Early last year I completed filming a new series for the National Geographic Channel. The fruits of that labour are starting to appear on TV screens around the globe. This series is not just about palaeontology…although dinosaurs are clearly an important theme. The series explores many new techniques in the earth, physical and biological sciences, from proteomics to particles physics, and from locomotion to geochemistry. The series would not have been possible without the support and collaboration of many scientists at the University of Manchester, but especially Roy Wogelius (SEAES), David Hodgetts (SEAES), Bill Sellers (FLS), Paul Mummery (Materials), Chris Martin (Materials), Phil Withers (Materials), Adam McMahon (Wolfson Molecular Imaging Centre), Terry Brown (MIB), Alan Crossman (FLS), Jon Codd (FLS), Mark Ferguson (FLS), Matthew Cobb (FLS), Lee Margetts (Research Computing Services) and the staff of the Manchester Museum.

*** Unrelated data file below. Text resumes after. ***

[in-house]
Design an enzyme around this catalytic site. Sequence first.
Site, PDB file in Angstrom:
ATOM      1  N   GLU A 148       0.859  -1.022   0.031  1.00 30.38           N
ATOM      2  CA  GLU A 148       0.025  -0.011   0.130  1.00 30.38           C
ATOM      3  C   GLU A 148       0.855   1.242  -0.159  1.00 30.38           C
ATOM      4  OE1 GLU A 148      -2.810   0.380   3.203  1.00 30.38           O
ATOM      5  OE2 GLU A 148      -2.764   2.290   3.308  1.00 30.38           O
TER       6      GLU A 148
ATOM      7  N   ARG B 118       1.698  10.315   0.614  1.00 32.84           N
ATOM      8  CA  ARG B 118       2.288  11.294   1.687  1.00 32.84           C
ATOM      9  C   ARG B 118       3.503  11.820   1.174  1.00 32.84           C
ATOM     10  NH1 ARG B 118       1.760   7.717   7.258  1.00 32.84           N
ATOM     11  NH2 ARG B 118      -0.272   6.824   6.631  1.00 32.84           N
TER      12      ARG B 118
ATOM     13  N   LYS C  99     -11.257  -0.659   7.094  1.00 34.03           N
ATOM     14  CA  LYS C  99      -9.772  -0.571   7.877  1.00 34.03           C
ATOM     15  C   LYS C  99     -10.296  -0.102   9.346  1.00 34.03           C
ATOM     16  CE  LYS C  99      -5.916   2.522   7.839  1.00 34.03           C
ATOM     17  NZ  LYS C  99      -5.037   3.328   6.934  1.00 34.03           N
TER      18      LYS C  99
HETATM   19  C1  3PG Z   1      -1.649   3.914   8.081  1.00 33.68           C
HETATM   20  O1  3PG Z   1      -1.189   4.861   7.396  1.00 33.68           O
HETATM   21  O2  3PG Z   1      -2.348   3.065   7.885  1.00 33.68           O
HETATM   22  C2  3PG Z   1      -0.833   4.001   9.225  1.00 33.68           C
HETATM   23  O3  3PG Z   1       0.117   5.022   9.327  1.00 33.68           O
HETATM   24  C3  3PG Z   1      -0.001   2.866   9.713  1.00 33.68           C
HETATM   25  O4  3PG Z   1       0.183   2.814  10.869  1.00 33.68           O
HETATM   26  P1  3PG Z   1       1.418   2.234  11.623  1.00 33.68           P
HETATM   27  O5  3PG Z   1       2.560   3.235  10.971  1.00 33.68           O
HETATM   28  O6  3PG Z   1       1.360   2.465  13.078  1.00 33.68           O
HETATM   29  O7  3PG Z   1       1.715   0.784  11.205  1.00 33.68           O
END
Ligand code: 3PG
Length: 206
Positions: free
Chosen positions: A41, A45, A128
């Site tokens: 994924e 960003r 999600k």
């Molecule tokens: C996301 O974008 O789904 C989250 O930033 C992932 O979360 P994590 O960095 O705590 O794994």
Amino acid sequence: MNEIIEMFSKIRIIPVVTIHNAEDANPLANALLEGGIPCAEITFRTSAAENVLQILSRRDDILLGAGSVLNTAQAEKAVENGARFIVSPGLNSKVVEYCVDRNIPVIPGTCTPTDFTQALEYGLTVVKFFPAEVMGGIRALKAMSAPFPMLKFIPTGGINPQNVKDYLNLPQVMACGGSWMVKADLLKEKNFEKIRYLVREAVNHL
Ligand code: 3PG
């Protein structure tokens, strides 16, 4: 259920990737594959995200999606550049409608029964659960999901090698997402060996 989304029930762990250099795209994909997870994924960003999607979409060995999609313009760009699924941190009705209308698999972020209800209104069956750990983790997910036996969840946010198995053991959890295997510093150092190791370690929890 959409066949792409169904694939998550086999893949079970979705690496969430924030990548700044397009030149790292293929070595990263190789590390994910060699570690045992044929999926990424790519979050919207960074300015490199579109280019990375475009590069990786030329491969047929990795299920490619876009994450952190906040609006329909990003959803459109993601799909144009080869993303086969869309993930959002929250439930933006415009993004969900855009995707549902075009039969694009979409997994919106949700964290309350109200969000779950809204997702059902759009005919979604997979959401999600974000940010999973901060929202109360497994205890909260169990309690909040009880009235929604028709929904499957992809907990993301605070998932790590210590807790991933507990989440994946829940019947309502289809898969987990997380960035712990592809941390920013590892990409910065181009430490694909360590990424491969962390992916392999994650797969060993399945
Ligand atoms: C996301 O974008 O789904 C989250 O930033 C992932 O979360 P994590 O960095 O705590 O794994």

The series will be transmitted in the UK from February 3rd (National Geographic Channel Wild), then in Canada, France, Russia, Turkey, Australia, New Zealand, Japan, Asia (distributed through Taiwan Nat Geo), Spain, Portugal, Italy, Germany and South America National Geographic.
If you want to learn more about the series, click on the links below, as this will take you to the National Geographic Channel web pages for the UK launch of the Jurassic CSI series.
A large number of video clips have also been placed on the website:
My apologies for the lack of postings this past week, but research, teaching and writing have kept me more than busy. Tonight was a late night again, as Dr David B. Weishampel from John Hopkins University, came to Penn and gave a stunning talk on 'Transylvanian dwarf dinosaurs'...great title and even better lecture!